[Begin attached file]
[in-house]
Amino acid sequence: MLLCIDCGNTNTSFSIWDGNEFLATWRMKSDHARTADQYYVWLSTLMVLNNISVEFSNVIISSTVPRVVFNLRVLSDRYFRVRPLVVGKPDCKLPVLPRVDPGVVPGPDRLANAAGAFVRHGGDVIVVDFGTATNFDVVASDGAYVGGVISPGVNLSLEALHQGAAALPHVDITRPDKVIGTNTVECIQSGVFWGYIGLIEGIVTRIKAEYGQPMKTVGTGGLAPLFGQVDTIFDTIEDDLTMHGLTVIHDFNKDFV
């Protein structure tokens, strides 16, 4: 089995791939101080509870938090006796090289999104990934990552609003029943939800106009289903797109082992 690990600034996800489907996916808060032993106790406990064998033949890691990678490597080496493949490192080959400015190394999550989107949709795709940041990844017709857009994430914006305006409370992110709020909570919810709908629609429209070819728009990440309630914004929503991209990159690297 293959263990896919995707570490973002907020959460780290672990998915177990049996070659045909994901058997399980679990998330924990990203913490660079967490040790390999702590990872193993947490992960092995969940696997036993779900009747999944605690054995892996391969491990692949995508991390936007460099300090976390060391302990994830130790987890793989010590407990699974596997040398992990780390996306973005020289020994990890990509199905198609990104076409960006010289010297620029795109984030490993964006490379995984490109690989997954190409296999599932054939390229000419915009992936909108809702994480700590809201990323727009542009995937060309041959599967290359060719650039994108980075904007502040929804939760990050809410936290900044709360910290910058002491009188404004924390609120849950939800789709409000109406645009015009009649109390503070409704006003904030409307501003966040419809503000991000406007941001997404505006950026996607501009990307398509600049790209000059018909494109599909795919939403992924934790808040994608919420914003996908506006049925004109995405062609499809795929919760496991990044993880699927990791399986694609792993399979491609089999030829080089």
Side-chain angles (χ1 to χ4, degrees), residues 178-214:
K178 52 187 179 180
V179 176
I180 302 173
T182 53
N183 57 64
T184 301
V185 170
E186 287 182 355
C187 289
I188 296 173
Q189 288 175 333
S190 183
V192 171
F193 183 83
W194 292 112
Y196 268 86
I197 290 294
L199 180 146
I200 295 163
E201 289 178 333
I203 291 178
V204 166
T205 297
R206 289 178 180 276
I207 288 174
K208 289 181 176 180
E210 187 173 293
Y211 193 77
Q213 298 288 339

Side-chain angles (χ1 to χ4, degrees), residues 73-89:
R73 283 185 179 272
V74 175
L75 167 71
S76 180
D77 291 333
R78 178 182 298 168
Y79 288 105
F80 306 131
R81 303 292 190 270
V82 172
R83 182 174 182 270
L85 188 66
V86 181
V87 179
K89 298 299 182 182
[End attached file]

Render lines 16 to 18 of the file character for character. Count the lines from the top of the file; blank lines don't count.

S190 183
V192 171
F193 183 83